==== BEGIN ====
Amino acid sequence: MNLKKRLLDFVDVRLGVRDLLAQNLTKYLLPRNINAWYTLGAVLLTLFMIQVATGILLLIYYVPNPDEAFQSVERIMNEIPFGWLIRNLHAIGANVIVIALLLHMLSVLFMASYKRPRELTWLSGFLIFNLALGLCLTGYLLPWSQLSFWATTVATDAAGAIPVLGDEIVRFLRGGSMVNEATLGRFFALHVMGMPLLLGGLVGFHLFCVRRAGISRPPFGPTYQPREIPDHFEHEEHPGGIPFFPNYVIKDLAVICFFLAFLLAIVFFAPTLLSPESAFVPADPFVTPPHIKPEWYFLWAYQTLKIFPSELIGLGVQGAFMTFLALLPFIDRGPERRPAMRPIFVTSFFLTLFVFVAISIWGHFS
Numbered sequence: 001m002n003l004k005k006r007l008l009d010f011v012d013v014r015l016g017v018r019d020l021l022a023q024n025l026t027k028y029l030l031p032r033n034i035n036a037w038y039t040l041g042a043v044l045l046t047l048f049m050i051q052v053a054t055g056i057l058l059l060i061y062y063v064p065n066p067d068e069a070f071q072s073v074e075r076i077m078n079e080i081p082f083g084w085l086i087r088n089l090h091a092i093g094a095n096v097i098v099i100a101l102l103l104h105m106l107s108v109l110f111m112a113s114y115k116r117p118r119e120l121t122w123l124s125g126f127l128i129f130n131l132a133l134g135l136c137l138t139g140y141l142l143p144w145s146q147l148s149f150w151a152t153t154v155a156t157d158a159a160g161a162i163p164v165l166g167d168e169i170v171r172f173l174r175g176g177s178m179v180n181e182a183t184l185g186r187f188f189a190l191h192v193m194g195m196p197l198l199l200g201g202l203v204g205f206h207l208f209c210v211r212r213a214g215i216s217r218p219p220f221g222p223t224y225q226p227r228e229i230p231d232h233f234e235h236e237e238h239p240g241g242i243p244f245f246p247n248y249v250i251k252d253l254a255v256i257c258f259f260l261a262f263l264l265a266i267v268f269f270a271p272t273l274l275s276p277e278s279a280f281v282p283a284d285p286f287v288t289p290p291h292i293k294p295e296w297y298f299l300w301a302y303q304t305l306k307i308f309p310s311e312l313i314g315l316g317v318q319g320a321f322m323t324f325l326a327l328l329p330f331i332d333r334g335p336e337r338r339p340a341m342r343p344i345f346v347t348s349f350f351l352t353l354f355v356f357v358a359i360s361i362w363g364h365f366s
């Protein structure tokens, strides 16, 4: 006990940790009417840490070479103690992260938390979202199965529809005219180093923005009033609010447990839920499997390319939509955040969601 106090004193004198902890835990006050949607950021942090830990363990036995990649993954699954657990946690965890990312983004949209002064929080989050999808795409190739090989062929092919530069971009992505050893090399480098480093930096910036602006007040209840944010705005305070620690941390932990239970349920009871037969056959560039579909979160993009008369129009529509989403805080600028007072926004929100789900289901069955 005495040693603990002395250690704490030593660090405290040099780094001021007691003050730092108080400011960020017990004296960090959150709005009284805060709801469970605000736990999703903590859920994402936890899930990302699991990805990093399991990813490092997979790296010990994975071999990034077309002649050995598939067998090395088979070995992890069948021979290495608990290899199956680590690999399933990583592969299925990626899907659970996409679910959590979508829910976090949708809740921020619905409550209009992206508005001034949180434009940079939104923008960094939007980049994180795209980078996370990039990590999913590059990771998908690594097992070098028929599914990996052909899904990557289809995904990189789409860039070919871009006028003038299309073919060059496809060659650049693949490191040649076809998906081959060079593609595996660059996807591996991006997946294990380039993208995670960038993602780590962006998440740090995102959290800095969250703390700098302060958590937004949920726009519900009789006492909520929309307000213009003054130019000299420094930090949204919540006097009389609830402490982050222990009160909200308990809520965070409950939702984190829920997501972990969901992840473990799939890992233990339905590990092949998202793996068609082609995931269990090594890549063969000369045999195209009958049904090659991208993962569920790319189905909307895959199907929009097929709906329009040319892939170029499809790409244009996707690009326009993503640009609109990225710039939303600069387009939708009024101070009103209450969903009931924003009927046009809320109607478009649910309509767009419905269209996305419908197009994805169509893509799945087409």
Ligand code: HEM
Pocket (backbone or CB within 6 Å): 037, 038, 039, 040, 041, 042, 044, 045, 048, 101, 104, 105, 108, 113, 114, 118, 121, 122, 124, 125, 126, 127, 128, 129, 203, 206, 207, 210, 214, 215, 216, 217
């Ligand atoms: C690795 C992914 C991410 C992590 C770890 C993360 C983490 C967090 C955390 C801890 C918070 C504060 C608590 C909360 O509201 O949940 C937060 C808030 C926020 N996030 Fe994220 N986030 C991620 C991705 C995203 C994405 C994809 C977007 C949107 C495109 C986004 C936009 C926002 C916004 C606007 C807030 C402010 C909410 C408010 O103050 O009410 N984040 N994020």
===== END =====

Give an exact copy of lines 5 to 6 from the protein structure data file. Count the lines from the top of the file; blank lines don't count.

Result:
Pocket (backbone or CB within 6 Å): 037, 038, 039, 040, 041, 042, 044, 045, 048, 101, 104, 105, 108, 113, 114, 118, 121, 122, 124, 125, 126, 127, 128, 129, 203, 206, 207, 210, 214, 215, 216, 217
């Ligand atoms: C690795 C992914 C991410 C992590 C770890 C993360 C983490 C967090 C955390 C801890 C918070 C504060 C608590 C909360 O509201 O949940 C937060 C808030 C926020 N996030 Fe994220 N986030 C991620 C991705 C995203 C994405 C994809 C977007 C949107 C495109 C986004 C936009 C926002 C916004 C606007 C807030 C402010 C909410 C408010 O103050 O009410 N984040 N994020």